• http://abhinavsingh.com Abhinav Singh

      Yeah right Michael, these public and private keys terms might be misleading. But the intent was to tell what key is shared and what not. Yup you can call them by what ever name you feel like :D

  • CJD

    Thanks for the post, very useful!

    One question, would the above be acceptable (security wise) for securing a web service that allows the editing and deletion of data?

    • http://abhinavsingh.com Abhinav Singh

      You can couple it with IP restrictions if the intended users are having static IP. Otherwise as far as $private_key is not exposed, attackers will not be able to enter your system.

      Also if you visualize $public_key=$username and $private_key=$password you can do more by simply using hmac technique.

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  • http://derschreckliche.1on.de derschreckliche

    Using “real” private and public keys like in terms of an asymmetric encryption would allow you to not need to store the “private key” on the server (as it should be private to the client).
    See
    http://en.wikipedia.org/wiki/Public-key_cryptography and especially
    http://en.wikipedia.org/wiki/File:Public_key_signing.svg for details.

    But in a scenario like this your solution works great.

    But there is one point i don’t understand: why do you need 2 keys for this?
    You could map a username to a (in your case called private) key on the server. So as the client is the only one knowing his (you would call it private) key – except to the mapping on your server. So you don’t need to send a key – and so don’t need a second one…

    • http://abhinavsingh.com Abhinav Singh

      Hi,

      I didn’t get your solution above. We map username on server as $private_key. But still when a user wants to drop data, I would like to know from whom it came from for content verification in the code. And hence I extract $private_key mapped to the passed $public_key by the user.

      “So you don’t need to send a key – and so don’t need a second one…” – How will this help?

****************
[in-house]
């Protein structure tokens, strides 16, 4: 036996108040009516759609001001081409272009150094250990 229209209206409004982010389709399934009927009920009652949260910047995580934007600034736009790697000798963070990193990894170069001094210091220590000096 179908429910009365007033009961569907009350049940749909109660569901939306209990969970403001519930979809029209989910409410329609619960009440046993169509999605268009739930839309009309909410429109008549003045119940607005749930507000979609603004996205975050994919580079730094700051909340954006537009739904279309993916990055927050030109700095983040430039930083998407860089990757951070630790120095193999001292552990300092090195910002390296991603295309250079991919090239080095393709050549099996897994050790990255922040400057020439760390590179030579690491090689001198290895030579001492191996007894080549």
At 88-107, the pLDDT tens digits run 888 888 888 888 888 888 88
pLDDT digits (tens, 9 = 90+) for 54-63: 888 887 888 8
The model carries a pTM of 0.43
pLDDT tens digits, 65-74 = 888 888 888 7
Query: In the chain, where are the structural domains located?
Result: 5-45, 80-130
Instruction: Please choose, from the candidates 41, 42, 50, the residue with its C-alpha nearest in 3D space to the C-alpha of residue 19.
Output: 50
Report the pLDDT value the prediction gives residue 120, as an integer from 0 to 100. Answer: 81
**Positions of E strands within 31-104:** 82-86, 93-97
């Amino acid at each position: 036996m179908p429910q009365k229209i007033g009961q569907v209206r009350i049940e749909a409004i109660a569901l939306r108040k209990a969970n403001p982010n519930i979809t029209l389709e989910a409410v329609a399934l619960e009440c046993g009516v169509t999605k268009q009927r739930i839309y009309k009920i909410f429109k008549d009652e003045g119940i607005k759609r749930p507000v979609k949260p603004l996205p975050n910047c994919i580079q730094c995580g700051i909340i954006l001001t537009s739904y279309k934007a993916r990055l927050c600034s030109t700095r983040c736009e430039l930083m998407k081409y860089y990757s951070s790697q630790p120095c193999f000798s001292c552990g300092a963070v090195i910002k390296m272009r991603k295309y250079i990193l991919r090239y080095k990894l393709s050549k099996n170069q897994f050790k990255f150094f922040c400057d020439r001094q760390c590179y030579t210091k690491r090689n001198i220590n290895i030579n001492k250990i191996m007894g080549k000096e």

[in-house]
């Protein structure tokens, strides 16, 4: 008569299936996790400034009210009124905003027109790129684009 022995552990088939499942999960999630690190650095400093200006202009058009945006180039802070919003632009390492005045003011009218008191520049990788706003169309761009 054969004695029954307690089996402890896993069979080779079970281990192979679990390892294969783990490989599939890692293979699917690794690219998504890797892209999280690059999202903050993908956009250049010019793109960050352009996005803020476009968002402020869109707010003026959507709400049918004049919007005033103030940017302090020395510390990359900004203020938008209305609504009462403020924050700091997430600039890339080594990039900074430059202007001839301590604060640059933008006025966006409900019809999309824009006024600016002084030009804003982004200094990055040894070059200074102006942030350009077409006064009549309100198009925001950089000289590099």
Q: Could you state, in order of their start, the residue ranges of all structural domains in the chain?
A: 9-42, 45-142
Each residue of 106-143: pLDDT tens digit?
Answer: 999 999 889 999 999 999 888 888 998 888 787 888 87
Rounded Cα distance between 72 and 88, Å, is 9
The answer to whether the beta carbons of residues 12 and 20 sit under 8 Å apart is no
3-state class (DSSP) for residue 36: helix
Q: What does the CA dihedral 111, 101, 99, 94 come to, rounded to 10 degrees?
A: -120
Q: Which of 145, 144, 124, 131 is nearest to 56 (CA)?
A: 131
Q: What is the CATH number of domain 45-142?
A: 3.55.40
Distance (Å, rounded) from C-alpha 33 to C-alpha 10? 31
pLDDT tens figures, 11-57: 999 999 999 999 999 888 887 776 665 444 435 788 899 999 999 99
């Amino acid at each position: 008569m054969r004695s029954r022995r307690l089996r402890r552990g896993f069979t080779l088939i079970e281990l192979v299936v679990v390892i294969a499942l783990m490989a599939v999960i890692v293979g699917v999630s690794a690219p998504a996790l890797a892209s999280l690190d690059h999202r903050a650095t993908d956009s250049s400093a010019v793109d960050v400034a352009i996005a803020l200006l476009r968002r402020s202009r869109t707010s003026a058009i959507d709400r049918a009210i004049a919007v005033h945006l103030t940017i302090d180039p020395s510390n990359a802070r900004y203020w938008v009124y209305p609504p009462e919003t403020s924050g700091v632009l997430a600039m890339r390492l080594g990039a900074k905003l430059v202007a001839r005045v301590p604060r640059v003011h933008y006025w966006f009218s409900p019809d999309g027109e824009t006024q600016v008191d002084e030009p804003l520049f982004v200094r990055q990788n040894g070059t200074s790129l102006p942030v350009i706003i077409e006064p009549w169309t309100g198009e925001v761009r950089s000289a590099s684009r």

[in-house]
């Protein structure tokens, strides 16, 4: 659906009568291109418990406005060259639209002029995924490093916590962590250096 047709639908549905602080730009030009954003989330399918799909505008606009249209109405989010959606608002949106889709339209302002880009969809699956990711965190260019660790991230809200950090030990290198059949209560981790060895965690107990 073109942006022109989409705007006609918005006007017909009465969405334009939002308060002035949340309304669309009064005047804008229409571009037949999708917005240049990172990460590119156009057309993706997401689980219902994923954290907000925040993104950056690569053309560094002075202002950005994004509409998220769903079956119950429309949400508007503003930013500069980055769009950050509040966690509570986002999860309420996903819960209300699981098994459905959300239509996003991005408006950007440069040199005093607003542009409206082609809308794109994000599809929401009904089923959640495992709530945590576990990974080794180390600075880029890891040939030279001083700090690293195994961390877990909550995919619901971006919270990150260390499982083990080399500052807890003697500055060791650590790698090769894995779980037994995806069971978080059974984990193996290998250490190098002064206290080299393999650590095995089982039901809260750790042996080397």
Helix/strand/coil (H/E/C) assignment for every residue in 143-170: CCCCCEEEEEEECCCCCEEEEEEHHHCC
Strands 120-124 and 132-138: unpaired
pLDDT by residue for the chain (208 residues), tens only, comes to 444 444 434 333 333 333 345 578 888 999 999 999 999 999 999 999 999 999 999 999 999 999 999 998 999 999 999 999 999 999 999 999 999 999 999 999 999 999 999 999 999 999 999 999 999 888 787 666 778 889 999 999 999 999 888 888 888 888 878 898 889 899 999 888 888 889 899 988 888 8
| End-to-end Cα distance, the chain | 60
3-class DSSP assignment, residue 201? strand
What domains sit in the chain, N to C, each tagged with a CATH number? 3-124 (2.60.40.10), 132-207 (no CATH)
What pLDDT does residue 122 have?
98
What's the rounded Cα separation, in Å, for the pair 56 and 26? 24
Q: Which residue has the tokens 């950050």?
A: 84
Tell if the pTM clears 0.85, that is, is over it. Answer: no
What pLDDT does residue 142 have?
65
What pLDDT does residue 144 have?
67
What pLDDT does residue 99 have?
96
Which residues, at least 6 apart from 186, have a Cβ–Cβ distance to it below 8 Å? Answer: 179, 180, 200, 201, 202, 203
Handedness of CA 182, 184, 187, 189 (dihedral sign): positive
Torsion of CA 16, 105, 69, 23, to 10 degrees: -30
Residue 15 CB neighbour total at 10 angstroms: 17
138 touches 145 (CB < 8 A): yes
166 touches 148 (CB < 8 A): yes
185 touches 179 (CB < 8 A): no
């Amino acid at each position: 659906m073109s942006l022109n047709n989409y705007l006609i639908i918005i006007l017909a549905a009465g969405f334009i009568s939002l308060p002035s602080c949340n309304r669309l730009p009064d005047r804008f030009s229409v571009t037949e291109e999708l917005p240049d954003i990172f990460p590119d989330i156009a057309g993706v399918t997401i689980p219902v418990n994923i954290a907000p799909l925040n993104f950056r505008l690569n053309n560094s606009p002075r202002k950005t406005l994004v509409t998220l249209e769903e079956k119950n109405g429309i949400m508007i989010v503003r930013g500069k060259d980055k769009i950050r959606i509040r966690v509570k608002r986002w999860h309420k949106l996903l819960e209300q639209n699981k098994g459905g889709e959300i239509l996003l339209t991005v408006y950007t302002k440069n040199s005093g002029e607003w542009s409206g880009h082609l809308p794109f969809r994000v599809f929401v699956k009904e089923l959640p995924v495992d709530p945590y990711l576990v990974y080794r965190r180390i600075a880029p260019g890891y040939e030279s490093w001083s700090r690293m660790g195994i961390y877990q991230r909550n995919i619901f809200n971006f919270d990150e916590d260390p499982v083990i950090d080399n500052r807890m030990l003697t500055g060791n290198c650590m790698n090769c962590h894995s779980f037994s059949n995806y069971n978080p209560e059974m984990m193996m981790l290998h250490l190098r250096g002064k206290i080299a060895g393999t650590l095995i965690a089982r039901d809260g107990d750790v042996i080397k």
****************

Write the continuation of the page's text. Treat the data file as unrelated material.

• http://derschreckliche.1on.de derschreckliche

      OK,

      my first point: i would rather use real public/private key pairs – so you can do authentication and encryption if needed.

      my second point: when using such “random” private/public keys you don’t need a second key if you map usernames to keys (not users public keys to private keys) on the server.
      only the username, the message and the signature needs to be transmitted (no key).
      as you know the user on the server you can authenticate him by checking the signature using the (“private”) key mapped to his username.
      So no second “public” key is needed.

      But like i mentioned in “first”, using real public/private key pairs would be a better idea.

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  • http://2000grad.com/blog Henrich C. Pöhls

    Dear Abhinav,

    I just found your interesting post, and wanted to tell you that I disagree with the terms you used.
    You named it “content verification”, however as I understood it, the content is not verified, but a user/client is authenticated. So I would suggest the term “user authentication”.

    Although you involve the parameter $message in the “signature” creation and verification, you are not interested in verifying the data in $message, but rather the user who’s key is used to be tied to this data. I suggest you use the term data instead of “content”.